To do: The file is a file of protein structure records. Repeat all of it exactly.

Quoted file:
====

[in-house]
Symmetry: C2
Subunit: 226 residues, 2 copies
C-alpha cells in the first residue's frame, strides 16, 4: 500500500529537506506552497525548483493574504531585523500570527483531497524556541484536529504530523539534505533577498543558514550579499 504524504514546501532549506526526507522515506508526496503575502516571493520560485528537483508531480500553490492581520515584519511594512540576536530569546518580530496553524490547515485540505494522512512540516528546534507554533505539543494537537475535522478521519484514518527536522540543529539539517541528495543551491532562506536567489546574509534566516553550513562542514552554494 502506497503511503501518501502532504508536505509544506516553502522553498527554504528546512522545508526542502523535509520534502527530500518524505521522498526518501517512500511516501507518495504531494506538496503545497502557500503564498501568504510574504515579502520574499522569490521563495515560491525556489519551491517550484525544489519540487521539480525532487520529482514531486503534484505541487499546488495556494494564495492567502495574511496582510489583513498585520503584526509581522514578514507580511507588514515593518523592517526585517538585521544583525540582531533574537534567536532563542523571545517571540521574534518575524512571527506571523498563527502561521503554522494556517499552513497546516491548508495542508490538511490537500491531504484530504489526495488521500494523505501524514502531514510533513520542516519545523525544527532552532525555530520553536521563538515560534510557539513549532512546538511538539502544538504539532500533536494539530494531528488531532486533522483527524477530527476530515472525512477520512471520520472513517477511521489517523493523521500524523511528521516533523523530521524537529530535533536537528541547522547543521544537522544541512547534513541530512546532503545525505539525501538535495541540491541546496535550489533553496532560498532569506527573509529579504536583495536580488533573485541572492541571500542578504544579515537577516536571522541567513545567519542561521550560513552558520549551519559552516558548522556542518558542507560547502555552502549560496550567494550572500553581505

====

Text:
[in-house]
Symmetry: C2
Subunit: 226 residues, 2 copies
C-alpha cells in the first residue's frame, strides 16, 4: 500500500529537506506552497525548483493574504531585523500570527483531497524556541484536529504530523539534505533577498543558514550579499 504524504514546501532549506526526507522515506508526496503575502516571493520560485528537483508531480500553490492581520515584519511594512540576536530569546518580530496553524490547515485540505494522512512540516528546534507554533505539543494537537475535522478521519484514518527536522540543529539539517541528495543551491532562506536567489546574509534566516553550513562542514552554494 502506497503511503501518501502532504508536505509544506516553502522553498527554504528546512522545508526542502523535509520534502527530500518524505521522498526518501517512500511516501507518495504531494506538496503545497502557500503564498501568504510574504515579502520574499522569490521563495515560491525556489519551491517550484525544489519540487521539480525532487520529482514531486503534484505541487499546488495556494494564495492567502495574511496582510489583513498585520503584526509581522514578514507580511507588514515593518523592517526585517538585521544583525540582531533574537534567536532563542523571545517571540521574534518575524512571527506571523498563527502561521503554522494556517499552513497546516491548508495542508490538511490537500491531504484530504489526495488521500494523505501524514502531514510533513520542516519545523525544527532552532525555530520553536521563538515560534510557539513549532512546538511538539502544538504539532500533536494539530494531528488531532486533522483527524477530527476530515472525512477520512471520520472513517477511521489517523493523521500524523511528521516533523523530521524537529530535533536537528541547522547543521544537522544541512547534513541530512546532503545525505539525501538535495541540491541546496535550489533553496532560498532569506527573509529579504536583495536580488533573485541572492541571500542578504544579515537577516536571522541567513545567519542561521550560513552558520549551519559552516558548522556542518558542507560547502555552502549560496550567494550572500553581505